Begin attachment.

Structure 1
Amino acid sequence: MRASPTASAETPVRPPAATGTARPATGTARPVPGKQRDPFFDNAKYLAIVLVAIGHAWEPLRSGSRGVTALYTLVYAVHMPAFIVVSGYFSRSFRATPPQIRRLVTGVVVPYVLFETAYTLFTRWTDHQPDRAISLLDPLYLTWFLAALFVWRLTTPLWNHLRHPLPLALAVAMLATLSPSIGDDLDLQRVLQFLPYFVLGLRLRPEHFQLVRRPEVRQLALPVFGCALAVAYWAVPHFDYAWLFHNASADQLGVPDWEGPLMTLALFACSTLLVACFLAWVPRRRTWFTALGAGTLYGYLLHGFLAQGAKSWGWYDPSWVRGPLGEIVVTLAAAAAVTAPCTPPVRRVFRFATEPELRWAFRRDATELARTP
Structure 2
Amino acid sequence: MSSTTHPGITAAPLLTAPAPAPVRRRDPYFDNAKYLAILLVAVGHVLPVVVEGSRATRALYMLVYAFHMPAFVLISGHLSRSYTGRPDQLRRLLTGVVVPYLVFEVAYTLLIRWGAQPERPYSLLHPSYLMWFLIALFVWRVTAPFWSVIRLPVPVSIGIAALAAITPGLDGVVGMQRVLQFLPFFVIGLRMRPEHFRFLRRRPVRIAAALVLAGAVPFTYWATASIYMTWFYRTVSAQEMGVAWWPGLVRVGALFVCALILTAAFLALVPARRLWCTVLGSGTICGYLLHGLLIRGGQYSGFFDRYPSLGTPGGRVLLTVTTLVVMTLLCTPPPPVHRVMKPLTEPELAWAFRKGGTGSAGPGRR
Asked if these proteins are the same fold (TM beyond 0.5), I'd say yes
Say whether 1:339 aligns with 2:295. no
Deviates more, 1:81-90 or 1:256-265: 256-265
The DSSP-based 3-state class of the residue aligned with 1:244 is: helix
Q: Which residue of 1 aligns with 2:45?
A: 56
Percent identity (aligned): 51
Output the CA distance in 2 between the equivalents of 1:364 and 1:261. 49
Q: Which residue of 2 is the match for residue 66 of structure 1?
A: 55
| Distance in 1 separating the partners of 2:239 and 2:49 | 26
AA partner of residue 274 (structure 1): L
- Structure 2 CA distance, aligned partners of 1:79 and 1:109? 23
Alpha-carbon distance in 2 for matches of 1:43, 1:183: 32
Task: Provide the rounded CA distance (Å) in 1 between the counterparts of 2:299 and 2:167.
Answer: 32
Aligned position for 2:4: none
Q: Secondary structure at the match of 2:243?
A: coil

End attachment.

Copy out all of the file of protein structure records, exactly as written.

Structure 1
Amino acid sequence: MRASPTASAETPVRPPAATGTARPATGTARPVPGKQRDPFFDNAKYLAIVLVAIGHAWEPLRSGSRGVTALYTLVYAVHMPAFIVVSGYFSRSFRATPPQIRRLVTGVVVPYVLFETAYTLFTRWTDHQPDRAISLLDPLYLTWFLAALFVWRLTTPLWNHLRHPLPLALAVAMLATLSPSIGDDLDLQRVLQFLPYFVLGLRLRPEHFQLVRRPEVRQLALPVFGCALAVAYWAVPHFDYAWLFHNASADQLGVPDWEGPLMTLALFACSTLLVACFLAWVPRRRTWFTALGAGTLYGYLLHGFLAQGAKSWGWYDPSWVRGPLGEIVVTLAAAAAVTAPCTPPVRRVFRFATEPELRWAFRRDATELARTP
Structure 2
Amino acid sequence: MSSTTHPGITAAPLLTAPAPAPVRRRDPYFDNAKYLAILLVAVGHVLPVVVEGSRATRALYMLVYAFHMPAFVLISGHLSRSYTGRPDQLRRLLTGVVVPYLVFEVAYTLLIRWGAQPERPYSLLHPSYLMWFLIALFVWRVTAPFWSVIRLPVPVSIGIAALAAITPGLDGVVGMQRVLQFLPFFVIGLRMRPEHFRFLRRRPVRIAAALVLAGAVPFTYWATASIYMTWFYRTVSAQEMGVAWWPGLVRVGALFVCALILTAAFLALVPARRLWCTVLGSGTICGYLLHGLLIRGGQYSGFFDRYPSLGTPGGRVLLTVTTLVVMTLLCTPPPPVHRVMKPLTEPELAWAFRKGGTGSAGPGRR
Asked if these proteins are the same fold (TM beyond 0.5), I'd say yes
Say whether 1:339 aligns with 2:295. no
Deviates more, 1:81-90 or 1:256-265: 256-265
The DSSP-based 3-state class of the residue aligned with 1:244 is: helix
Q: Which residue of 1 aligns with 2:45?
A: 56
Percent identity (aligned): 51
Output the CA distance in 2 between the equivalents of 1:364 and 1:261. 49
Q: Which residue of 2 is the match for residue 66 of structure 1?
A: 55
| Distance in 1 separating the partners of 2:239 and 2:49 | 26
AA partner of residue 274 (structure 1): L
- Structure 2 CA distance, aligned partners of 1:79 and 1:109? 23
Alpha-carbon distance in 2 for matches of 1:43, 1:183: 32
Task: Provide the rounded CA distance (Å) in 1 between the counterparts of 2:299 and 2:167.
Answer: 32
Aligned position for 2:4: none
Q: Secondary structure at the match of 2:243?
A: coil